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What is a Panic Attack?


You can overcome panic attacks.


Panic attacks are intense, overwhelming episodes of anxiety that can strike suddenly, leaving individuals feeling as though they are losing control.

Person researching what a panic attack is.

While anxiety is a natural response to stress, panic attacks are more extreme, often causing physical and emotional distress.

It's crucial to recognize the signs and understand what is happening during these episodes to effectively manage and cope with them.

Do you have anxiety? Find out with our free NHS grade online assessment tool.

Ways To Deal With Anxiety

Do you want help with anxiety?

Subscribe to our anxiety support email here.

We'll also include a free "Guide to Anxiety Relief" booklet.

Am I Having a Panic Attack?

If you think you might be having a panic attack, please call the emergency services for help.

Panic attacks may also be confused with heart attacks, although heart attacks are far less common.

People having panic attacks may feel engulfed by an unexpected surge of fear and dread, accompanied by multiple physical symptoms.

During a panic attack, individuals may experience a rapid heart rate, shortness of breath, chest pain, trembling, dizziness, and a sense of impending doom.

Sweating and a feeling of detachment from reality are also common.

Why do Panic Attacks Happen?

Panic attacks may have specific triggers, such as specific places, people or activities.

But they can also strike seemingly out of the blue.

Common triggers include stressful life events, phobias, chronic health conditions, and even certain medications.

Understanding the root cause can be an essential step in managing and preventing future attacks.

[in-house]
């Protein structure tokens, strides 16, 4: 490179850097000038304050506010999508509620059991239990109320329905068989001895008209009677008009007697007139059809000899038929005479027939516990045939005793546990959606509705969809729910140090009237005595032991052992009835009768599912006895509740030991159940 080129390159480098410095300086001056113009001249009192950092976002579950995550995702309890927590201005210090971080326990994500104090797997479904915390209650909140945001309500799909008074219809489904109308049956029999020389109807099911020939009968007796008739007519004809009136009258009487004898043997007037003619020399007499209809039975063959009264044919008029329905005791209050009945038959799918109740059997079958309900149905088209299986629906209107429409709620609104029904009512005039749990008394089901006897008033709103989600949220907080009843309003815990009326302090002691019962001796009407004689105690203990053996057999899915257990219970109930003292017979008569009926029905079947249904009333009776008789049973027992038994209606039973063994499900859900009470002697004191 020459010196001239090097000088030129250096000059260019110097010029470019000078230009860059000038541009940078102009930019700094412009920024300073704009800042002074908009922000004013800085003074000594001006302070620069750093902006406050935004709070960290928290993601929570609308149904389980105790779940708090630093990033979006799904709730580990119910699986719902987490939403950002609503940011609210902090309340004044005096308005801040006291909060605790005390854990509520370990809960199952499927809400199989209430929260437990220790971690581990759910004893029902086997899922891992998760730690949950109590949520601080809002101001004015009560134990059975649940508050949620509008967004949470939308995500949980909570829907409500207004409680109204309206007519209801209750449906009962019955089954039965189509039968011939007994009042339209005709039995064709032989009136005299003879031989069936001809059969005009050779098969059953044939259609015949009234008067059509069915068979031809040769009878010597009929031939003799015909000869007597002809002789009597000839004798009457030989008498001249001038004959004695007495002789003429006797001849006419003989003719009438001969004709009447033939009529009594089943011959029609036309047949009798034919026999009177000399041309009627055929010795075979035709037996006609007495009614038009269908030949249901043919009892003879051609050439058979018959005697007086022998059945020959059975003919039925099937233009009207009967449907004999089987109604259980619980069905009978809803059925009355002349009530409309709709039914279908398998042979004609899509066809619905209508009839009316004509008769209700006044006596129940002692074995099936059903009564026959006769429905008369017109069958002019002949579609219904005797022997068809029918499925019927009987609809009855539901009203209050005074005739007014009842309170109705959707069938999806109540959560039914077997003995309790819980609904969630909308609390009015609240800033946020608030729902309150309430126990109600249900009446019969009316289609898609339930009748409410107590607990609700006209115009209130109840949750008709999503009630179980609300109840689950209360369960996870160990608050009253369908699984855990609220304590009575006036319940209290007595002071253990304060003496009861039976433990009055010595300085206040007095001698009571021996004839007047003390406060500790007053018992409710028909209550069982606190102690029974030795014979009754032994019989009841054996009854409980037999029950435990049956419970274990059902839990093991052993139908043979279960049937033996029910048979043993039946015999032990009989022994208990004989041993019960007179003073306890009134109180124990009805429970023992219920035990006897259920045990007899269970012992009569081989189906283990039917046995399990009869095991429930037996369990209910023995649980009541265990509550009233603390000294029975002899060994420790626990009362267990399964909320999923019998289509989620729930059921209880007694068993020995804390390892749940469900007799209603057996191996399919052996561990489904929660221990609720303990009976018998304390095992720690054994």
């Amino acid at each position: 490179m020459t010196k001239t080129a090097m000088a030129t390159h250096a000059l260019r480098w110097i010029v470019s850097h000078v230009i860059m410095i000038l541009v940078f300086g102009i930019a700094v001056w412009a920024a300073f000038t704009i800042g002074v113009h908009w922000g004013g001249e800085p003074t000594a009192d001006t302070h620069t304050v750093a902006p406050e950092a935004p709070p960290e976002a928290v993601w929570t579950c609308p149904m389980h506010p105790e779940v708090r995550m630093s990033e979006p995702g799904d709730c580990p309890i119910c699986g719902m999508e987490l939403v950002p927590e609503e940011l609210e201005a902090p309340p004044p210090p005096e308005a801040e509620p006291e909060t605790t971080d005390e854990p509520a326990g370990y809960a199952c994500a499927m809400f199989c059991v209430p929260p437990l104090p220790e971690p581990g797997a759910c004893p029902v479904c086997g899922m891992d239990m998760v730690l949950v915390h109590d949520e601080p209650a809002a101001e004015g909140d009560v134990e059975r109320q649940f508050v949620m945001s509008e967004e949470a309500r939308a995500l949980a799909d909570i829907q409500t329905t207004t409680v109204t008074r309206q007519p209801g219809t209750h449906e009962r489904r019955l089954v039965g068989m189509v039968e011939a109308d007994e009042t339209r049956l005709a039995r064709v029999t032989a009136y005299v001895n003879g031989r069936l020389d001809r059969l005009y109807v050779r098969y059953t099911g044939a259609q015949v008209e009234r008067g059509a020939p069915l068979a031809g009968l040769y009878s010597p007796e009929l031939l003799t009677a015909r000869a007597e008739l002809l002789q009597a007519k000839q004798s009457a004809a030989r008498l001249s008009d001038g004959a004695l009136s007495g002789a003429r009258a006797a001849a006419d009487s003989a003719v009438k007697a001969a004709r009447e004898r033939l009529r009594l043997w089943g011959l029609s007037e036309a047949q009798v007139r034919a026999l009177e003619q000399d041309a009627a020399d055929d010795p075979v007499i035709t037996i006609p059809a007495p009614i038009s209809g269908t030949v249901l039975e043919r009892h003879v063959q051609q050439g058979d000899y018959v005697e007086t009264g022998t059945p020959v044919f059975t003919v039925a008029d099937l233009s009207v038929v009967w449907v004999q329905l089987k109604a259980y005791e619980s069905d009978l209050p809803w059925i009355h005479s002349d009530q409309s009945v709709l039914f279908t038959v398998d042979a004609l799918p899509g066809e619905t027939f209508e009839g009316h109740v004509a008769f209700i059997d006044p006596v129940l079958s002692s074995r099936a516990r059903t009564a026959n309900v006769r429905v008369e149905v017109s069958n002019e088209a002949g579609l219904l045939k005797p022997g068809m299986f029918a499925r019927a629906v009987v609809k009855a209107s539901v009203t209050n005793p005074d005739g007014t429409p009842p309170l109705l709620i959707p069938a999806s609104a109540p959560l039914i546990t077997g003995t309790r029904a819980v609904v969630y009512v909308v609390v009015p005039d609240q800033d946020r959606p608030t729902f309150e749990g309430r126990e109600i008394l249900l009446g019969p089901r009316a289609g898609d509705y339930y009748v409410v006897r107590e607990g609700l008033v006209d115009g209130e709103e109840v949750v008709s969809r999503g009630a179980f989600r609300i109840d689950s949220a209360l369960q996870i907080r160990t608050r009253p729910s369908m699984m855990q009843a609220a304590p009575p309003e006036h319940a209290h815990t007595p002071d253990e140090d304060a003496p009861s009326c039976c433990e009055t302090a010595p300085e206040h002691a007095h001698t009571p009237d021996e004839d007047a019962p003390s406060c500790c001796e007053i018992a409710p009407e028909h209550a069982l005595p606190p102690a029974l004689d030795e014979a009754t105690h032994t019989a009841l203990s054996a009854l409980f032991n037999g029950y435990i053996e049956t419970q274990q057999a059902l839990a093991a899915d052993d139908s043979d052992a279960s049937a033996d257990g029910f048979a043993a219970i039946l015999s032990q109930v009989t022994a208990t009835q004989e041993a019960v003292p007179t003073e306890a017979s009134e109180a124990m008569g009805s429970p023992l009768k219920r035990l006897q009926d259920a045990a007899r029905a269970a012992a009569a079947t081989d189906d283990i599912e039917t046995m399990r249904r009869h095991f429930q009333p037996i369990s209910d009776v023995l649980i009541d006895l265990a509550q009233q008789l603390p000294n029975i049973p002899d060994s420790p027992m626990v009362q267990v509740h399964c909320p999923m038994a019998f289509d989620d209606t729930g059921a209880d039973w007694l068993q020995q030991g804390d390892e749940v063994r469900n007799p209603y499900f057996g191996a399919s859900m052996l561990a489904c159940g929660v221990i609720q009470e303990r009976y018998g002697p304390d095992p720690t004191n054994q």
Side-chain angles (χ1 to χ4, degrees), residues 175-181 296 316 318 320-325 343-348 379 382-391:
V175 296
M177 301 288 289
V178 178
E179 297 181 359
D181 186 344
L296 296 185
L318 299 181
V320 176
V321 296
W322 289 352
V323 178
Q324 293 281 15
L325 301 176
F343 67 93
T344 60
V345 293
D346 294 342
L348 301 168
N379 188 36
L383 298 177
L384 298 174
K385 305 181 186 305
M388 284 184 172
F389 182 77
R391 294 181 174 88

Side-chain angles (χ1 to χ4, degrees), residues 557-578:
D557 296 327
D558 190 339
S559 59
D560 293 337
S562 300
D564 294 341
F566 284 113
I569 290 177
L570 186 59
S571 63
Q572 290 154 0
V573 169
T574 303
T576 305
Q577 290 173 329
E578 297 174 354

The link between panic attacks and anxiety

Panic attacks and anxiety are closely linked.

Panic attacks are a severe form of anxiety, when your body is really complaining about it's concern.

Recognizing the signs of anxiety and addressing them early on can be a key factor in preventing the intensity of panic attacks.


Diagnosing peripheral neuropathy involves a comprehensive evaluation by a healthcare professional, including a detailed medical history, physical examination, and potentially nerve conduction tests or electromyography (EMG).

Identifying the underlying cause is crucial to developing an effective treatment plan.


UK NHS GP's typically recommend medication, talking therapies (CBT), meditation, mindfulness for panic attacks.

There are also various treatments that are available outside the NHS, but not specifically recommended by the NHS.

Some of these treatments have been well researched and studies suggest they can help.

Examples include hypnotherapy, BWRT, NLP and Havening.

Contact Our Therapist Today

To find out more about our services and book an appointment, visit our anxiety therapy page.

We provide a range of advanced psychological interventions to help with panick attacks and anxiety.

If you would like to have a chat, contact us today:

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